- Network Economies & Social Capital - The classic theory of the firm laid out by Ronald Coase in 1937 argues that hiearchies exist because of transaction costs. A complex activity like building cars could be done in theory, by small, decentralized firms contracting with one another to produce all of the component parts, with separate companies providing design, systems integration, and marketing. The reason cars are not made this way by giant, vertically integrated firms is that the costs of all of the negotiating, contracting, and litigating required to outsource everything are much greater than the cost of bringing these activities in-house, where the firm can control the quality of all the inputs and outputs by managerial fiat. ... If we understood a network not as a type of formal organization, but as social capital, we will have much better insight into what a network's economic function is. By this view, a network is a moral relationship of trust: A network is a group of individual agents who share informal norms or values beyond those necessary for ordinary market transactions.
- A New Approach to Productivity, Education and the Competitive Challenge of the Global Networked Economy in the 21st Century - Presently, in almost all facets of our ongoing industrial and service activities the acquisition and usage of information/knowledge - the ability to perceive, comprehend and apply - has become a critical attribute of an individual worker, irrespective of being an employee or entrepreneur. Consequently, computers and networks, including the Internet, have also become an integral part of our work and living environments.
- Wired for Anarchy - If Ian Angell is right about the future of the new economy, most of the world is screwed. From his vantage point as professor of information systems at the prestigious London School of Economics ( LSE ), Angell, 53, spins a scenario of the future in which the world's business and technical elite use the Net to live wherever they want and to do whatever they please, without government intrusion. Leveraging their wealth and their much-in-demand professional skills, the chosen few ( who really aren't so few ) can live in countries that will bid to have them as residents - through offers of tax relief and through promises of noninterference in their affairs.
- AnnaLee Saxenian: Limits of Autarky - Regional Networks and Industrial Adaptation in Silicon Valley and Route 128 - In this essay I compare California's Silicon Valley and Route 128 in Massachusetts to suggest the limits of the concept of external economies and propose an alternative, network approach to analyzing regional economies. The common notion of external economies is based on an assumption that the firm is an atomistic unit of production with clearly defined boundaries. By drawing a sharp distinction between what occurs inside and what occurs outside the firm, scholars overlook the complex and historically-evolved relations between the internal organization of firms and their connections to one another and the social structures and institutions of a particular locality. The network perspective helps explain the divergent performance of apparently comparable regional clusters, such as Silicon Valley and Route 128, and provides important insights into the local sources of competitive advantage.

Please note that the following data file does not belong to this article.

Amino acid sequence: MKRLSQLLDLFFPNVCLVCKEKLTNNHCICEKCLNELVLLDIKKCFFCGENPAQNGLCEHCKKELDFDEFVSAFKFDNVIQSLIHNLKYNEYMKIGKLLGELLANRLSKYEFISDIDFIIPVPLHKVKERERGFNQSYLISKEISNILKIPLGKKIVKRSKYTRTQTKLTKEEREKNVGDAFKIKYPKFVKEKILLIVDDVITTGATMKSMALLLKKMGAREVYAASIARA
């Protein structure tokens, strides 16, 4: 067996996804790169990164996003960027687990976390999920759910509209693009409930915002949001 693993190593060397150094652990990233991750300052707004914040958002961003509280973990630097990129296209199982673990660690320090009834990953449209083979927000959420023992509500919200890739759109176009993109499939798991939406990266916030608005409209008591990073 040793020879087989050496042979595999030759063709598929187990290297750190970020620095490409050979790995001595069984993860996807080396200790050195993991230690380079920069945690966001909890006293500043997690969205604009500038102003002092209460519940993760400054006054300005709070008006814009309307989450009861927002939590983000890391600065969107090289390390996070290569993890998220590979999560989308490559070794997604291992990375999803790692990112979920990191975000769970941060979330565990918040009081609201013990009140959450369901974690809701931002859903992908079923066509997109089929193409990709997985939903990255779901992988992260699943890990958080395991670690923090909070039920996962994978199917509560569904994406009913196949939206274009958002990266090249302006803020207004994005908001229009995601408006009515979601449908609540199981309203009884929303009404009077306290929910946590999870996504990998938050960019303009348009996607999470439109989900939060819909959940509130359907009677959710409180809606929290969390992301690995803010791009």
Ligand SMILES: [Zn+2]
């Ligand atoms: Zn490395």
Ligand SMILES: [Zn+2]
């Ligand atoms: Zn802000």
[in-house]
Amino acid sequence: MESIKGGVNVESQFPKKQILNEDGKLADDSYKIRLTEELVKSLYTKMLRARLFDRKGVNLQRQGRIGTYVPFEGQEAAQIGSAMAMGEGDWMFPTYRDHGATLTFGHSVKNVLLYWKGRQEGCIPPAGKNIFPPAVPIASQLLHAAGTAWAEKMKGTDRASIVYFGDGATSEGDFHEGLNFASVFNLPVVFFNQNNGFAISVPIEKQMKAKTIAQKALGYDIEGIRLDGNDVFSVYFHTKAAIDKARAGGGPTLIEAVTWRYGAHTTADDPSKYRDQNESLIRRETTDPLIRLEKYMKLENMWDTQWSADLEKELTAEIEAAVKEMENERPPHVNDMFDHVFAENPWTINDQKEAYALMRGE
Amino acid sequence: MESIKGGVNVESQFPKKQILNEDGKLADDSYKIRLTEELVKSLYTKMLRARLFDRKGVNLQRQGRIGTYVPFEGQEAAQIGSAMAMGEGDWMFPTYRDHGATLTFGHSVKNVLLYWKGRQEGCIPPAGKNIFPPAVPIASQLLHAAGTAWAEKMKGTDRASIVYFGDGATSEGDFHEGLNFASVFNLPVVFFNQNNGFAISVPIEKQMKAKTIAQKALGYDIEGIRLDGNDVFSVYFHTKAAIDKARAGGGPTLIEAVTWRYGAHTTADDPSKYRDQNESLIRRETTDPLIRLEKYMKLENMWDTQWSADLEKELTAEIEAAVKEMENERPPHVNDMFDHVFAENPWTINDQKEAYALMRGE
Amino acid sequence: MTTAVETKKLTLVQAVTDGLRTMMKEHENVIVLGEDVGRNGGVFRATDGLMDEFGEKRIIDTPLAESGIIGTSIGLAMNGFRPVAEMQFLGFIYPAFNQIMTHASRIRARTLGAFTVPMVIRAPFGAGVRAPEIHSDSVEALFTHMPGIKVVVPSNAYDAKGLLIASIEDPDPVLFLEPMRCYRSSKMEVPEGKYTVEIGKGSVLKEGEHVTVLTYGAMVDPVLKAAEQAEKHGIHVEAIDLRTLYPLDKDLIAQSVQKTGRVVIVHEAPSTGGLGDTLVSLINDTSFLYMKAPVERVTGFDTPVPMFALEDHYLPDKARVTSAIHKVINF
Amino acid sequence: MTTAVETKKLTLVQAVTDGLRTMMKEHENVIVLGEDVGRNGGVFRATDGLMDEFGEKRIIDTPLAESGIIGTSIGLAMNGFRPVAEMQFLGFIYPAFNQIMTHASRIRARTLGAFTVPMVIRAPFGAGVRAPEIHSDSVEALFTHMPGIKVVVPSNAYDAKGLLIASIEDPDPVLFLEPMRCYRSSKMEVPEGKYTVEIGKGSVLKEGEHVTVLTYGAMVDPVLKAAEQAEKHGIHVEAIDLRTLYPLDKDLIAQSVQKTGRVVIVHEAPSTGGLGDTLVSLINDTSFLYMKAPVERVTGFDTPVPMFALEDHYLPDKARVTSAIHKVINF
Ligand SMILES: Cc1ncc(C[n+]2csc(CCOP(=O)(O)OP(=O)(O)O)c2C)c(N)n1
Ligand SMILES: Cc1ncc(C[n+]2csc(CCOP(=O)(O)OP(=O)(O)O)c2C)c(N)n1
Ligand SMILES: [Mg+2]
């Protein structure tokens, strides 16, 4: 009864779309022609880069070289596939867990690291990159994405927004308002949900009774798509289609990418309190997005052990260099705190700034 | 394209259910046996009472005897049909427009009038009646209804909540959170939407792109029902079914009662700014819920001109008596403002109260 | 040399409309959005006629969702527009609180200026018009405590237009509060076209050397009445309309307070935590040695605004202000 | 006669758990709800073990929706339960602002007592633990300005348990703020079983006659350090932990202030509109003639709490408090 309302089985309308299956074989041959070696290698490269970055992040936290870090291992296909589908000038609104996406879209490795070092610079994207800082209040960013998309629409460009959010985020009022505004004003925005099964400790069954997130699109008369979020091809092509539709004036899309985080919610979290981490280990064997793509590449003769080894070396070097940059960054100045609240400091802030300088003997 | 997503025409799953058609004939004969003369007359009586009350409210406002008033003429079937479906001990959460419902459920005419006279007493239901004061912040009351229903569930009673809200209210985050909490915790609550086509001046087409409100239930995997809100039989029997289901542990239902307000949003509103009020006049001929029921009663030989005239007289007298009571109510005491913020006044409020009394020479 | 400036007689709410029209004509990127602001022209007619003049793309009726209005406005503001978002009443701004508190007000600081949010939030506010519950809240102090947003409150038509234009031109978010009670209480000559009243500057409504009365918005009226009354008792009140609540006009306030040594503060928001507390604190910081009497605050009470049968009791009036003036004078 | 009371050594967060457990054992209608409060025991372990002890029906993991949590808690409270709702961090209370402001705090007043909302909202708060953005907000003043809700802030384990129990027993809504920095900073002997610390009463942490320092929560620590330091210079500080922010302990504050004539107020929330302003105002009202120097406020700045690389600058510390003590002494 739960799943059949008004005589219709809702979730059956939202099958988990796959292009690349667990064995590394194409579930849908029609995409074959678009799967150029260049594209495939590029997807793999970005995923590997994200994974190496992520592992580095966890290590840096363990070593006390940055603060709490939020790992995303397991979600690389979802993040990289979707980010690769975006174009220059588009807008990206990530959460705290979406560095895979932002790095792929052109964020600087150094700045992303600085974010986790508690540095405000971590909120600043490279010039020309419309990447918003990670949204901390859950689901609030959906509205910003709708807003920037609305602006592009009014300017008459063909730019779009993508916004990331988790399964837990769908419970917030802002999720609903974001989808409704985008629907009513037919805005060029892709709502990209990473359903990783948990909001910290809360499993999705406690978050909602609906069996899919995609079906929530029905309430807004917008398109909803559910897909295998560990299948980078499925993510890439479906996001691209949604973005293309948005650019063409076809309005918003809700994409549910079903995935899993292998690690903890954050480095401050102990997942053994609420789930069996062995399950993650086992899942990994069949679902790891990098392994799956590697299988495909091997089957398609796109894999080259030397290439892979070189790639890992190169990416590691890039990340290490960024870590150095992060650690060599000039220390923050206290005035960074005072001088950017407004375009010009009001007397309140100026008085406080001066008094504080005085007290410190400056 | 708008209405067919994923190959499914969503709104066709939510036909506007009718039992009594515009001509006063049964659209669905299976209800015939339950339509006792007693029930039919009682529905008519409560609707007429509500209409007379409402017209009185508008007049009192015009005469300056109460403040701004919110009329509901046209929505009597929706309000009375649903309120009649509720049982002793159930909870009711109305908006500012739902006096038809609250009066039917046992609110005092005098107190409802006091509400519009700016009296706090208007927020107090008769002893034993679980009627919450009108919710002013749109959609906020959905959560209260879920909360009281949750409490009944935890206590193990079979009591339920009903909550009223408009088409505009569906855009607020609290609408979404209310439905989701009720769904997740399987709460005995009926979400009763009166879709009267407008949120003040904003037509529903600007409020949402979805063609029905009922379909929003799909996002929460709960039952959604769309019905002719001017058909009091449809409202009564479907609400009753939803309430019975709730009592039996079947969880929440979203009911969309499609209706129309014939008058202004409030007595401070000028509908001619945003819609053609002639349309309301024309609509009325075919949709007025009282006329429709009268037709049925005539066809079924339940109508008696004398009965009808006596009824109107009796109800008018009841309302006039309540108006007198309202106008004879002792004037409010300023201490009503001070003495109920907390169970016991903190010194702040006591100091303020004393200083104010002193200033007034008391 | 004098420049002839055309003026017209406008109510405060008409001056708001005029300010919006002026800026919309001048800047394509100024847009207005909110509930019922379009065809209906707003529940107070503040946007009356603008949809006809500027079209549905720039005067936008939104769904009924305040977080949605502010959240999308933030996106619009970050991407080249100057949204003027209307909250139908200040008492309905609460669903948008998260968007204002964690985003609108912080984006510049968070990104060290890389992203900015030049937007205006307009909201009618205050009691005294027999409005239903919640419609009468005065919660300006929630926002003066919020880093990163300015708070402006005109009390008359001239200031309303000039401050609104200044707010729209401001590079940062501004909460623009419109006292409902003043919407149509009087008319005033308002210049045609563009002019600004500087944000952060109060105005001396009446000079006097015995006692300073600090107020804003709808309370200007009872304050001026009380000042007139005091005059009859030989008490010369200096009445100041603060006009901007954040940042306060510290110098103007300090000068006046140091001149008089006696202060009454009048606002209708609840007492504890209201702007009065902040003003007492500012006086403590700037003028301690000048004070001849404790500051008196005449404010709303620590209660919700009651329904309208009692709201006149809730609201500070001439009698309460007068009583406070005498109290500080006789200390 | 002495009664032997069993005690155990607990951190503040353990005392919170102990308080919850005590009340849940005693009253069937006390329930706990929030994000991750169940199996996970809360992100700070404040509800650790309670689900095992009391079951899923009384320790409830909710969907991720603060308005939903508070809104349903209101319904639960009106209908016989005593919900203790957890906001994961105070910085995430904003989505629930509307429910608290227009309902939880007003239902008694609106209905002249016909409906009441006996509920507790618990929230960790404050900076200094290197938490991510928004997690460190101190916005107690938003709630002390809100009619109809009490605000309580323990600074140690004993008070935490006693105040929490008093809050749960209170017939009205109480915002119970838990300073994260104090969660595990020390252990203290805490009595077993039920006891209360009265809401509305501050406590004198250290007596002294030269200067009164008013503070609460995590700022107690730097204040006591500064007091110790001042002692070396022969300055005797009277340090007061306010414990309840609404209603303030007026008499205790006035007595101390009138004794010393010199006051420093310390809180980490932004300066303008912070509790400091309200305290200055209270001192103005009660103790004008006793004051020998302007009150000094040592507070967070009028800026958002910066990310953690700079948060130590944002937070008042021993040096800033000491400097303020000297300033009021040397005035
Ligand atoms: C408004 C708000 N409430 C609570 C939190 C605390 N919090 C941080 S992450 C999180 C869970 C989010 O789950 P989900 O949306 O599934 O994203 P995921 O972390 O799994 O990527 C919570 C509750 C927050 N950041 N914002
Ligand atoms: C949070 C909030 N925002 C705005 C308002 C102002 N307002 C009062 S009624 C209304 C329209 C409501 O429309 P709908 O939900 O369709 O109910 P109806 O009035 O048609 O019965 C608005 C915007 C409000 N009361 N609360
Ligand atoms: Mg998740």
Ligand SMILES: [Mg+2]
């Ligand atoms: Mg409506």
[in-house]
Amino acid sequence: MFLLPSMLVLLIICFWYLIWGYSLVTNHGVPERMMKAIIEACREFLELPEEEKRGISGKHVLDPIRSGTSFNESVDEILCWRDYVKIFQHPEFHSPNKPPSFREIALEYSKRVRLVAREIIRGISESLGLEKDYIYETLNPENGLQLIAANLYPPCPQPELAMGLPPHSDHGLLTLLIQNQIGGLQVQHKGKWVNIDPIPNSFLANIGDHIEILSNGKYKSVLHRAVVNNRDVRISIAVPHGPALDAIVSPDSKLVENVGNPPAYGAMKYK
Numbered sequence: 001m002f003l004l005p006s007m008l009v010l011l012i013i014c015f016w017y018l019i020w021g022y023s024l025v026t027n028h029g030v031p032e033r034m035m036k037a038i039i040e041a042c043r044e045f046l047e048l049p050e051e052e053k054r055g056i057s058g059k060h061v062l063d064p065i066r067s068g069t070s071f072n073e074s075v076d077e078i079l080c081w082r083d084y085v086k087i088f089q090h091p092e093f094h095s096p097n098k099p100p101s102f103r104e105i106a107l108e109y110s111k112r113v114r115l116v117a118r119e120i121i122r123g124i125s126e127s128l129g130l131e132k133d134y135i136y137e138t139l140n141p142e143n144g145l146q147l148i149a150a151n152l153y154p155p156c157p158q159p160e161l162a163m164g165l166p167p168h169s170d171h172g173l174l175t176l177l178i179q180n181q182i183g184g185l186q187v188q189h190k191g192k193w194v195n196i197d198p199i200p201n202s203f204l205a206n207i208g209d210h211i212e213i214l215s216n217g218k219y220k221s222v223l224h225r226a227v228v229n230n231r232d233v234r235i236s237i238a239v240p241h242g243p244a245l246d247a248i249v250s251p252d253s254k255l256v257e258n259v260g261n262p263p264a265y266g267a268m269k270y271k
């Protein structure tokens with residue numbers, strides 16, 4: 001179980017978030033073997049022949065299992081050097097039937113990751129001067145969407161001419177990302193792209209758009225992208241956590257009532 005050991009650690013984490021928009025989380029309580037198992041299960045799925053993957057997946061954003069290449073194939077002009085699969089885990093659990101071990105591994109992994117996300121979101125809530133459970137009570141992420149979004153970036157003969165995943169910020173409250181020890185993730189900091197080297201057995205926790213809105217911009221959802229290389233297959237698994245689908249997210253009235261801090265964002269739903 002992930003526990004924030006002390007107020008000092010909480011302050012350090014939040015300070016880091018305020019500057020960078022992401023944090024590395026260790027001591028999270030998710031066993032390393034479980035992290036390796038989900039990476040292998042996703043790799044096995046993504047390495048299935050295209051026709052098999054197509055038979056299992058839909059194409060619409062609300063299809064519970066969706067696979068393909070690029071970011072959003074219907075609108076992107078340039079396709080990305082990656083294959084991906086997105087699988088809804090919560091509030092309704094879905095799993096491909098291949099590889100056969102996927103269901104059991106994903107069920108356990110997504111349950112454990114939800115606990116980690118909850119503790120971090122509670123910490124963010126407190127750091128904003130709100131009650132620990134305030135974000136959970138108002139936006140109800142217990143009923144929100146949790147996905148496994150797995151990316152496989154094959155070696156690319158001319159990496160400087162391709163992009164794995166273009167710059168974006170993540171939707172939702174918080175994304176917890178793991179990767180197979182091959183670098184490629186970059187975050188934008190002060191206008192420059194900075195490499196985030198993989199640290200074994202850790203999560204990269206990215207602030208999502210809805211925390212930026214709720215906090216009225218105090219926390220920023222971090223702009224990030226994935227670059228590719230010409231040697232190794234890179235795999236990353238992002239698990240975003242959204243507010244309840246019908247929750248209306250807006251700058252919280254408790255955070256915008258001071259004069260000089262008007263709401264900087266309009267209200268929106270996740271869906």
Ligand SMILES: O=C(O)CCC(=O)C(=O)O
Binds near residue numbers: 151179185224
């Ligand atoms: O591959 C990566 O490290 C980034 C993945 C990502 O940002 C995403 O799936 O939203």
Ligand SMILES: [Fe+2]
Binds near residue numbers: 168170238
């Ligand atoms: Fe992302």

- WebEc - Economics of Networks - Wide-ranging list of weblinks.
- Intellectual Property On The Net
- Free-Market.Net: Dynamists vs. Stasists
- The Net Economy Revolution
- A Model for the Global Networked Business - See "White Papers".
- Networking Games
- Junk Yard of the Net, Economy, Economy, Economy!!!
- Markets, Antimarkets and Network
- Markets, Antimarkets and the Economics of the Net
- Flexible Networking, Information and Communications Technology and Local Economic Development
- The Logic of Networks
- The Connected Economy: Beyond the Information Age
- Bibliography on Network Economics
- Emergence Of Communication Networks In Organizations
- Economics of Networks Internet Site
- Evolution of Business Networking
- The Advent of Business Ecosystems
- From Pyramids To Process Networked Organizations
- Organizing Diversity: Evolutionary Theory, Network Analysis, and Postsocialist Transformations
- Global Networks
- Introduction: The New Enterprise Network
- Beyond Symmetry: State Sovereignty in a Networked Global Economy - a well-documented review article
- The economics of networks - ecospace!
- Network payment mechanisms and digital cash - more ecospace!
- The Economist reports on the information superhighway - useful links to the economics of networks